World-class products at Third World prices

  • Business
  • Saturday, 15 Feb 2003


In a wide ranging interview with deputy group chief editor WONG SULONG and reporter LIAU Y-SING, Tan Sri Francis Yeoh talked about the strategic directions of the YTL group. Below are extracts of the interview, which have been updated. 

Father and son - Tan Sri Yeoh Tiong Lay (left) and Tan Sri Francis Yeoh.

WHEN reporter Liau Y-Sing (now with Reuters news agency), photographer Samuel Ong and I were ushered into the office of Tan Sri Francis Yeoh, he was in a happy mood. 

He had just been informed that his eldest son, Keong Yeow, had gained admission to the Imperial College of the University of London for an engineering degree. 

“He had three A's for Physics, Maths and Business” Yeoh said proudly, as I extended our congratulations. 

So the first of a new generation of Yeohs is equipping himself to take over the YTL business empire that has grown, in a span of 50 years, from a small Malaysian construction company to a global infrastructure and utility group. 

Francis Yeoh, representing the family, is one of five Malaysians listed on Forbes' “Billionaires List.” 

He had been spending a lot of time lately in Europe and visiting the newly acquired Wessex Water Ltd in Britain, which was acquired from the bankrupt Enron. 

The Wessex acquisition was a corporate coup, and sparked a lot of interest, curiosity and envy about YTL. 

“Who the hell is YTL?” asked one English newspaper when it was announced that YTL had pipped a number of better-known international bidders for Wessex.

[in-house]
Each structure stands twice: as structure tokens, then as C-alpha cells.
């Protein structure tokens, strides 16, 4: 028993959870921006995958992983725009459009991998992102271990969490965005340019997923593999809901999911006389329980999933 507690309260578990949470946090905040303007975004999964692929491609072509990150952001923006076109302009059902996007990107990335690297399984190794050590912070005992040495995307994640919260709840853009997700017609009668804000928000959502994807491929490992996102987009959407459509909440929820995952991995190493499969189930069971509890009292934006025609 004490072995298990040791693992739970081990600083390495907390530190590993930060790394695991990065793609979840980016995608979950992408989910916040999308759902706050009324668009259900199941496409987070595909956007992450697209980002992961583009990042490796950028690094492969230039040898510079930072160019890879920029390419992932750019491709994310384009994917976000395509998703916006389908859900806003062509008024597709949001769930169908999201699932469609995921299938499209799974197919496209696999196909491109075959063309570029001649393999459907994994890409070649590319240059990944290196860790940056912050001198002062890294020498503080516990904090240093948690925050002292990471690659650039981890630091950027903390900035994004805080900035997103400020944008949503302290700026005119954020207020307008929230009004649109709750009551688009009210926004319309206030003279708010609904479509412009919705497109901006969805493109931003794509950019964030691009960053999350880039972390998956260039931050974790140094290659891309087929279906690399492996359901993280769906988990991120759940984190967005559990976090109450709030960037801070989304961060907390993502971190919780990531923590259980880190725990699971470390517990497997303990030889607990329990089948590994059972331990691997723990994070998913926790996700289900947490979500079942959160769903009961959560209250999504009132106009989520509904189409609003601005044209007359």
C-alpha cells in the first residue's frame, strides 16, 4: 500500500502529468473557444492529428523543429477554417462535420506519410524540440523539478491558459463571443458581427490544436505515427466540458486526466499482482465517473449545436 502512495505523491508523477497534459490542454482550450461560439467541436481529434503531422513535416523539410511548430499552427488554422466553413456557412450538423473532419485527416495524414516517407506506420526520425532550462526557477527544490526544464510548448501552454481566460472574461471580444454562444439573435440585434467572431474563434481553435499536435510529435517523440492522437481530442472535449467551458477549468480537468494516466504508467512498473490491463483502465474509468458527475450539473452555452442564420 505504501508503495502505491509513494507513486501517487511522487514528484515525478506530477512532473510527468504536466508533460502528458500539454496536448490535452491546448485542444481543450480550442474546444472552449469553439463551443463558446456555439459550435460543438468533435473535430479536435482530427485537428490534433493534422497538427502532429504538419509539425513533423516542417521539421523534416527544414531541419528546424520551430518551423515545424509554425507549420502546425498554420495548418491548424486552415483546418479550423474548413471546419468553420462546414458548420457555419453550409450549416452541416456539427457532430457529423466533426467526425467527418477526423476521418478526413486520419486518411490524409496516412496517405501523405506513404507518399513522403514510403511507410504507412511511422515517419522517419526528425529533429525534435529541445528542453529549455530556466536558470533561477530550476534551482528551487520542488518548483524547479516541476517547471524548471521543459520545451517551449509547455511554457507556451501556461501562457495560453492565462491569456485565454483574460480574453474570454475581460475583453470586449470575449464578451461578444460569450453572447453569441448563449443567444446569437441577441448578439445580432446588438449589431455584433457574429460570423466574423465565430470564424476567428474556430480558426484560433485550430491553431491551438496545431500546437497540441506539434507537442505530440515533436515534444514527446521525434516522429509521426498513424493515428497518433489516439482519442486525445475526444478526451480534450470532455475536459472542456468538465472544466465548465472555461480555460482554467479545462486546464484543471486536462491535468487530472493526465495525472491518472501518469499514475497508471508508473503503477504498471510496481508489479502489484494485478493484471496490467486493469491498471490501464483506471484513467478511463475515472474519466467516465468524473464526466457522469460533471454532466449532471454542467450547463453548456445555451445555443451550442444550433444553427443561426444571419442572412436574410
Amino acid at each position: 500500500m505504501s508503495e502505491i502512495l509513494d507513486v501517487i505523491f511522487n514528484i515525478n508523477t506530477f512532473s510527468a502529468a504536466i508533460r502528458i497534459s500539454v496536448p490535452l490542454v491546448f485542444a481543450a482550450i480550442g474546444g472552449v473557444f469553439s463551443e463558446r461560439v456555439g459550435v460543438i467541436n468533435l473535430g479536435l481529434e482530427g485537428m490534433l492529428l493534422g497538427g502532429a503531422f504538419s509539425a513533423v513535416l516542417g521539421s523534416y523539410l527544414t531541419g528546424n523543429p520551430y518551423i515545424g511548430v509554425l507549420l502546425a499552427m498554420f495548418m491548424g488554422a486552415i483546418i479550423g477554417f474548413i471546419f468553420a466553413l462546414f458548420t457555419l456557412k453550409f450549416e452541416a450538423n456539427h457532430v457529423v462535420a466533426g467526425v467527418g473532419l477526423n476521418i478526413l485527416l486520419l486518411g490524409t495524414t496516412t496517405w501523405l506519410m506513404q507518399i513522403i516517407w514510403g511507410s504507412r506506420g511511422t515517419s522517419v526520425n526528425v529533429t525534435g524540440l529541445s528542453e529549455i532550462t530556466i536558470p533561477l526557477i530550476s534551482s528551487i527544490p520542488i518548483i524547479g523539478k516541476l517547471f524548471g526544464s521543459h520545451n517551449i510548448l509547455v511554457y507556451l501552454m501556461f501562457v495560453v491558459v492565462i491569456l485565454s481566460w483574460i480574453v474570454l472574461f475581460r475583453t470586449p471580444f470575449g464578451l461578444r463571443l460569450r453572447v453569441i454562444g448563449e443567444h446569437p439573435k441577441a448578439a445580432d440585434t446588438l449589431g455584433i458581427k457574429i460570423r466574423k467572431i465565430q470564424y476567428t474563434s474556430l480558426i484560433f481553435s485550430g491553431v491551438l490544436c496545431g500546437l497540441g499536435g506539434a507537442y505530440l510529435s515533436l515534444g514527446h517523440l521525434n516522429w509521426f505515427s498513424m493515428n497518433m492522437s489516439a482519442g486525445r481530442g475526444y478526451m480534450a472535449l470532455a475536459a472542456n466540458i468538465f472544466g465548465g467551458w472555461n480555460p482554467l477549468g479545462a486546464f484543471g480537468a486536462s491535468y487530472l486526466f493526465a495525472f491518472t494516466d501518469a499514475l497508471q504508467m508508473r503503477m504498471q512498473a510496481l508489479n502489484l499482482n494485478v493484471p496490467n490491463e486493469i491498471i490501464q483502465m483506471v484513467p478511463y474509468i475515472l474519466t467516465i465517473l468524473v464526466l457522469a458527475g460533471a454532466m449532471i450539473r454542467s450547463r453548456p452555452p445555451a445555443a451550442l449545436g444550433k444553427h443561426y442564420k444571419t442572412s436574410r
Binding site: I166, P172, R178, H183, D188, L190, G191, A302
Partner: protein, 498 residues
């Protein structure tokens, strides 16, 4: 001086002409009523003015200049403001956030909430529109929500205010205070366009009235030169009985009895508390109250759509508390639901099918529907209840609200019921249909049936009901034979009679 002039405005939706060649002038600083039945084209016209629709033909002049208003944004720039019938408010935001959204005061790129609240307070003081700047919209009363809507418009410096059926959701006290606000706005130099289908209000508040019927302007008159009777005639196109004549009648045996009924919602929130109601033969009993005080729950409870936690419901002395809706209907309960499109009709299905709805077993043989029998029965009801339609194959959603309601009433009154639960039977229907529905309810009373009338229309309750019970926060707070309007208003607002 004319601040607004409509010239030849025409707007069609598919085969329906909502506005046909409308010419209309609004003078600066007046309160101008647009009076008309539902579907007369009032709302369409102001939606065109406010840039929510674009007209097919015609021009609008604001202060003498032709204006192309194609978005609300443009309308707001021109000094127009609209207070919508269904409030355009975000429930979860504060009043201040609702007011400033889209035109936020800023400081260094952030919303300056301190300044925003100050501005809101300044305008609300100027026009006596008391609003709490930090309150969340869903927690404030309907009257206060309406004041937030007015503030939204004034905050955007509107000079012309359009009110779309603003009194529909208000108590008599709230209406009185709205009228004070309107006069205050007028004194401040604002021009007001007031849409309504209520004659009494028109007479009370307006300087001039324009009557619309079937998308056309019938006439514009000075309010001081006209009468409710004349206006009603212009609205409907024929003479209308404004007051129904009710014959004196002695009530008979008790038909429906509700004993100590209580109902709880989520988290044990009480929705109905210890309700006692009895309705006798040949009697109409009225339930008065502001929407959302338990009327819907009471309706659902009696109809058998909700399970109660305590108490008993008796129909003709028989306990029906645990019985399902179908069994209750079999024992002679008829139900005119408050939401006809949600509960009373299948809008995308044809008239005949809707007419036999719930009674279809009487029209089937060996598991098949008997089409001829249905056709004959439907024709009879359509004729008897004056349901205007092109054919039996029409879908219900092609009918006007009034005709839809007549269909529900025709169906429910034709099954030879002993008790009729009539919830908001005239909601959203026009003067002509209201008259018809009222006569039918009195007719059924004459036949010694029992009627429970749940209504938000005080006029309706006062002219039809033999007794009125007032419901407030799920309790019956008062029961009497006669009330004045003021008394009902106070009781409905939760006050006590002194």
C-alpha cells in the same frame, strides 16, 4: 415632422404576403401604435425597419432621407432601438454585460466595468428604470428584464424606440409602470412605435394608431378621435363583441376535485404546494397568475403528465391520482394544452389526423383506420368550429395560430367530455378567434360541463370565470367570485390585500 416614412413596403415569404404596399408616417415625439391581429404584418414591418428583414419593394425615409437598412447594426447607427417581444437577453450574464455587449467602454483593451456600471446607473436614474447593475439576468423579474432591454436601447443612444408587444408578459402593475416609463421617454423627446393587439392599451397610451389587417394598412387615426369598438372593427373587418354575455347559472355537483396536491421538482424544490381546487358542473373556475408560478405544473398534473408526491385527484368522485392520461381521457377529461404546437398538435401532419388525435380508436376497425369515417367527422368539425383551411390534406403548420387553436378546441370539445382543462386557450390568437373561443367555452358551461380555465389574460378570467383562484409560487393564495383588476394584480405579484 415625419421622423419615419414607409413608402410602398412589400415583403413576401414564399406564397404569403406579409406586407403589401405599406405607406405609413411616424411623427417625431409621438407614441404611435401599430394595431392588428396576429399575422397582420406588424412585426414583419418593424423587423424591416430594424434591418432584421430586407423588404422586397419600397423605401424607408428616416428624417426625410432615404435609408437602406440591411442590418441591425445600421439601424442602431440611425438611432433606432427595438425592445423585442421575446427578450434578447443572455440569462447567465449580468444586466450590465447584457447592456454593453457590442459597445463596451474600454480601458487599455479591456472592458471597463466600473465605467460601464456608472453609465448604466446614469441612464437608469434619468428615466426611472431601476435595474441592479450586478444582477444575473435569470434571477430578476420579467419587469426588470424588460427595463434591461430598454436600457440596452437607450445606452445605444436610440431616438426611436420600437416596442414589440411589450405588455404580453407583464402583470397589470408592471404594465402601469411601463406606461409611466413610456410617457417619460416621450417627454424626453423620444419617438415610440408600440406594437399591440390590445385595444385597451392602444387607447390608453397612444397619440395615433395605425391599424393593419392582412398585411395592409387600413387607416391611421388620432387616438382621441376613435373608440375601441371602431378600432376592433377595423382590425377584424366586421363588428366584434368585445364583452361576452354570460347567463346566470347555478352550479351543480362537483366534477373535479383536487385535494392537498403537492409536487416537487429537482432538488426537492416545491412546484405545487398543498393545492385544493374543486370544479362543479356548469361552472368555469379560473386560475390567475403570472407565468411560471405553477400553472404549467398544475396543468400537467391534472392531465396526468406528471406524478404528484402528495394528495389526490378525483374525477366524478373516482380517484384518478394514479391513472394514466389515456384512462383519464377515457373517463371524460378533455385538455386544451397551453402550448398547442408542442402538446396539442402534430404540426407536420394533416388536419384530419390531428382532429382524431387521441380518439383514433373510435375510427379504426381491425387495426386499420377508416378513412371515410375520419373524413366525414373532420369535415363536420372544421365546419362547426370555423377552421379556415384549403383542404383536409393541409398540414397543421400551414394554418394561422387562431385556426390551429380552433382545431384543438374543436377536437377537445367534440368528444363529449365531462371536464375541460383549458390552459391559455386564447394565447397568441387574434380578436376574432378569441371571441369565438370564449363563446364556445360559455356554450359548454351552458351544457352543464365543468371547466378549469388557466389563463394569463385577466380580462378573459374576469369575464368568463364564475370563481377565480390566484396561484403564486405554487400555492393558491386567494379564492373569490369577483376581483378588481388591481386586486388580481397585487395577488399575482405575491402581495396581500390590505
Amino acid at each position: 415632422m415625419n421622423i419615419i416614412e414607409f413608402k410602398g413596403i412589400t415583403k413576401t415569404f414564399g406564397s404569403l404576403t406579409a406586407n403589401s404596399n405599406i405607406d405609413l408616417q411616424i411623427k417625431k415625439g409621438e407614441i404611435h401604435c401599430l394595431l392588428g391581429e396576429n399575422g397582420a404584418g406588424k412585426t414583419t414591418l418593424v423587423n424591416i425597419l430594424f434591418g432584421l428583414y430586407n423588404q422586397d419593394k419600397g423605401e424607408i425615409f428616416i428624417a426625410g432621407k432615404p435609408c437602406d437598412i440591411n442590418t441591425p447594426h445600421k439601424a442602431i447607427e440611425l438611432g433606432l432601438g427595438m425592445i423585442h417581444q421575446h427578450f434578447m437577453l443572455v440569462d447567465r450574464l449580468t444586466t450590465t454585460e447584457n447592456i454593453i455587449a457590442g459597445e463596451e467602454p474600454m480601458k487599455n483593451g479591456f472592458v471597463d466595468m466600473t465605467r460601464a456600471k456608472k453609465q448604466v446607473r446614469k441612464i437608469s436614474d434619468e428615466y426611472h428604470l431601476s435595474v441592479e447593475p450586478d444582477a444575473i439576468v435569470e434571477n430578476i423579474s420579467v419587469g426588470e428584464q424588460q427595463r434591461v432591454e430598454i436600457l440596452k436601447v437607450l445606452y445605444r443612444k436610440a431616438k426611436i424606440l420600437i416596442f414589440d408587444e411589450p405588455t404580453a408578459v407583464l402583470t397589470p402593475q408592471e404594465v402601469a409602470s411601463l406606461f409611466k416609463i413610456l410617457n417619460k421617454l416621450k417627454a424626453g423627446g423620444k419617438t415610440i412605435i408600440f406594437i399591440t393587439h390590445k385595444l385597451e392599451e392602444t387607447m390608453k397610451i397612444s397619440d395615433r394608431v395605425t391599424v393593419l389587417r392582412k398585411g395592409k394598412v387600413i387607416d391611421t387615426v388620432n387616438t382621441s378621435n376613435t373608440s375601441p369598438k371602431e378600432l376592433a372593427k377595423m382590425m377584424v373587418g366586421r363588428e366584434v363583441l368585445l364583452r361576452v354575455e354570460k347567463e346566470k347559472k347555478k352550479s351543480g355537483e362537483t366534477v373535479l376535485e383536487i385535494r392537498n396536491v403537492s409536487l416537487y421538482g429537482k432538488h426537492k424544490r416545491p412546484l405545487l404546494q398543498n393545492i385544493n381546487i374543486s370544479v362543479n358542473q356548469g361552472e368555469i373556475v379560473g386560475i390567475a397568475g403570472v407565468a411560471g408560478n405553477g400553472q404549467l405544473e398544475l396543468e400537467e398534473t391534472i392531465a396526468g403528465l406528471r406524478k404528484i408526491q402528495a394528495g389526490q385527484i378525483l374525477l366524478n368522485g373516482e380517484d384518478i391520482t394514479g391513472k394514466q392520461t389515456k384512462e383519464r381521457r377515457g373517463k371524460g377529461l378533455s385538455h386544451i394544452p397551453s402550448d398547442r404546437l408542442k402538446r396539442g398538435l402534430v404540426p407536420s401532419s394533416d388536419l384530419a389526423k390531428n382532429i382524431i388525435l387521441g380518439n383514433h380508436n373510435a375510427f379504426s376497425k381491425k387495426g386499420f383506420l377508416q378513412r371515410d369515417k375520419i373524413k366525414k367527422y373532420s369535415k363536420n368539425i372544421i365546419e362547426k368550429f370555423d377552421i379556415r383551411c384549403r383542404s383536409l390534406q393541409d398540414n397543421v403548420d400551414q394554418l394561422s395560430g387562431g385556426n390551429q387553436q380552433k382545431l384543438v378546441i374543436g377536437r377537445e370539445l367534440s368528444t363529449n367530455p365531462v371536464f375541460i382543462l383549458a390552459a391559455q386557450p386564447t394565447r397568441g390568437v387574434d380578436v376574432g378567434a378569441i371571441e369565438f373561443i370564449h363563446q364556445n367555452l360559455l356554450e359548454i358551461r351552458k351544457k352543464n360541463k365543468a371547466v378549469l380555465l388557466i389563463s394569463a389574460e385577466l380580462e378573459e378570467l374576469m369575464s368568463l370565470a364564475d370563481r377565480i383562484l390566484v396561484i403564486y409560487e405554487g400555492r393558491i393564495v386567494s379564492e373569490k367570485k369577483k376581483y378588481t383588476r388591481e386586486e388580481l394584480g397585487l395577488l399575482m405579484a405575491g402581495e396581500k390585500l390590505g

I asked Yeoh whether he was pleased with the purchase. 

“Very much so. It had many more upsides than we thought it had. The Wessex management is with us and they are very pleased with the new owners like us. They're one of the best water companies in Britain and we want them to be the best.” he says. 

Right now, YTL is looking whether Wessex could do better with its capital expenditure. The water utility spends about RM5OO million annually on capital expenditure, and Yeoh feels there could be big savings in this area, without sacrificing quality and standards. 

“They will benefit from our ability to manage capital cost very efficiently because YTL in Malaysia has been able to build power plants 40 per cent cheaper.” 

Yeoh is very proud of the water processed by Wessex. He flies some of the water to Malaysia and serves it at YTL's hotel outlets that include the Kuala Lumpur Ritz Carlton and the Marriott. 

“You can drink Wessex water from the tap, he says.  

Therefore, Yeoh sees opportunities for the YTL group in water and sewerage projects in Malaysia. 

I asked him about his visit to Europe.  

“There are many European companies which own regulated assets in Britain. Many European companies are in trouble because they have over expanded and (are) over geared. So they might be selling some of their assets to reduce debt. There might be some interesting British assets they might be thinking of disposing of,” he says. 

I asked him whether YTL is looking at utility projects in China and India, where the need is obviously huge. 

“The time is not right,” Yeoh says. These countries, Yeoh pointed out, still had a problem appreciating the fact that the investor had to be allowed to make a reasonable profit from his investments; not forgetting that the bankers and other financiers also need to be assured of a reasonable return. 

Regulated businesses normally are capital intensive and have a long gestation (period); the government must ensure that the terms of the agreement do not change during the life of the contract. 

While the demand is huge in both China and India, the fact remains that most of the population in these countries are unable to pay for these services.  

Yeoh says: “For an investor to do well in these countries, he must be able to do world class utilities at Third World prices. We have succeeded in doing this in Malaysia, but for China and India, you would also have to consider the currency risks.”